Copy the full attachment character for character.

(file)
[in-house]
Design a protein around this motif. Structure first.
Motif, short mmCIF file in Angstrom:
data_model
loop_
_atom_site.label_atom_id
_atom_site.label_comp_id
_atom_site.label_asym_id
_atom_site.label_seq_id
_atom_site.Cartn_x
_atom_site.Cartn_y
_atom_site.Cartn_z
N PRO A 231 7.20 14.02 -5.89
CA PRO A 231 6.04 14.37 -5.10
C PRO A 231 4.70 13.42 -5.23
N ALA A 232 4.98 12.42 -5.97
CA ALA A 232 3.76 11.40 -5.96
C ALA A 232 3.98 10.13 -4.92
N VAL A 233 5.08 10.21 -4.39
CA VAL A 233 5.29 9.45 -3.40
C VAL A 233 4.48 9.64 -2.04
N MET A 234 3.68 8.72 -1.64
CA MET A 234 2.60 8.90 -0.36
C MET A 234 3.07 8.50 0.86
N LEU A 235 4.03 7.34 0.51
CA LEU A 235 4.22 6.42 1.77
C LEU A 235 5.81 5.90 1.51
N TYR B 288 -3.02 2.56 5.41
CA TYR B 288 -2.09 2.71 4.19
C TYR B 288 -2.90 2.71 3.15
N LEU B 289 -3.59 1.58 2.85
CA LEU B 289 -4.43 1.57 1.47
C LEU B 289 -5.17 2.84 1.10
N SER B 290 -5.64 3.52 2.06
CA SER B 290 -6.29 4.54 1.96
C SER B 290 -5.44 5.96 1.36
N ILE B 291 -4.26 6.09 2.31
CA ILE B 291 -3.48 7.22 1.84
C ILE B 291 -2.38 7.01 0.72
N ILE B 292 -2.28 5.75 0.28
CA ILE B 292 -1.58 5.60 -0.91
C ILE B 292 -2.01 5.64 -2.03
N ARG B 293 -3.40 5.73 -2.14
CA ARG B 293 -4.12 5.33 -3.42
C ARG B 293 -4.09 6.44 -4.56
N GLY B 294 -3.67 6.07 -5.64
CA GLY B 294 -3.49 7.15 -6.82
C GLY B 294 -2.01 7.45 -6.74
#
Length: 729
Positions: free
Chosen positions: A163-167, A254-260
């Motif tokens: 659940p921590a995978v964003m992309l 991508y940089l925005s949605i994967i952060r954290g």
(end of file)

[in-house]
Design a protein around this motif. Structure first.
Motif, short mmCIF file in Angstrom:
data_model
loop_
_atom_site.label_atom_id
_atom_site.label_comp_id
_atom_site.label_asym_id
_atom_site.label_seq_id
_atom_site.Cartn_x
_atom_site.Cartn_y
_atom_site.Cartn_z
N PRO A 231 7.20 14.02 -5.89
CA PRO A 231 6.04 14.37 -5.10
C PRO A 231 4.70 13.42 -5.23
N ALA A 232 4.98 12.42 -5.97
CA ALA A 232 3.76 11.40 -5.96
C ALA A 232 3.98 10.13 -4.92
N VAL A 233 5.08 10.21 -4.39
CA VAL A 233 5.29 9.45 -3.40
C VAL A 233 4.48 9.64 -2.04
N MET A 234 3.68 8.72 -1.64
CA MET A 234 2.60 8.90 -0.36
C MET A 234 3.07 8.50 0.86
N LEU A 235 4.03 7.34 0.51
CA LEU A 235 4.22 6.42 1.77
C LEU A 235 5.81 5.90 1.51
N TYR B 288 -3.02 2.56 5.41
CA TYR B 288 -2.09 2.71 4.19
C TYR B 288 -2.90 2.71 3.15
N LEU B 289 -3.59 1.58 2.85
CA LEU B 289 -4.43 1.57 1.47
C LEU B 289 -5.17 2.84 1.10
N SER B 290 -5.64 3.52 2.06
CA SER B 290 -6.29 4.54 1.96
C SER B 290 -5.44 5.96 1.36
N ILE B 291 -4.26 6.09 2.31
CA ILE B 291 -3.48 7.22 1.84
C ILE B 291 -2.38 7.01 0.72
N ILE B 292 -2.28 5.75 0.28
CA ILE B 292 -1.58 5.60 -0.91
C ILE B 292 -2.01 5.64 -2.03
N ARG B 293 -3.40 5.73 -2.14
CA ARG B 293 -4.12 5.33 -3.42
C ARG B 293 -4.09 6.44 -4.56
N GLY B 294 -3.67 6.07 -5.64
CA GLY B 294 -3.49 7.15 -6.82
C GLY B 294 -2.01 7.45 -6.74
#
Length: 729
Positions: free
Chosen positions: A163-167, A254-260
């Motif tokens: 659940p921590a995978v964003m992309l 991508y940089l925005s949605i994967i952060r954290g």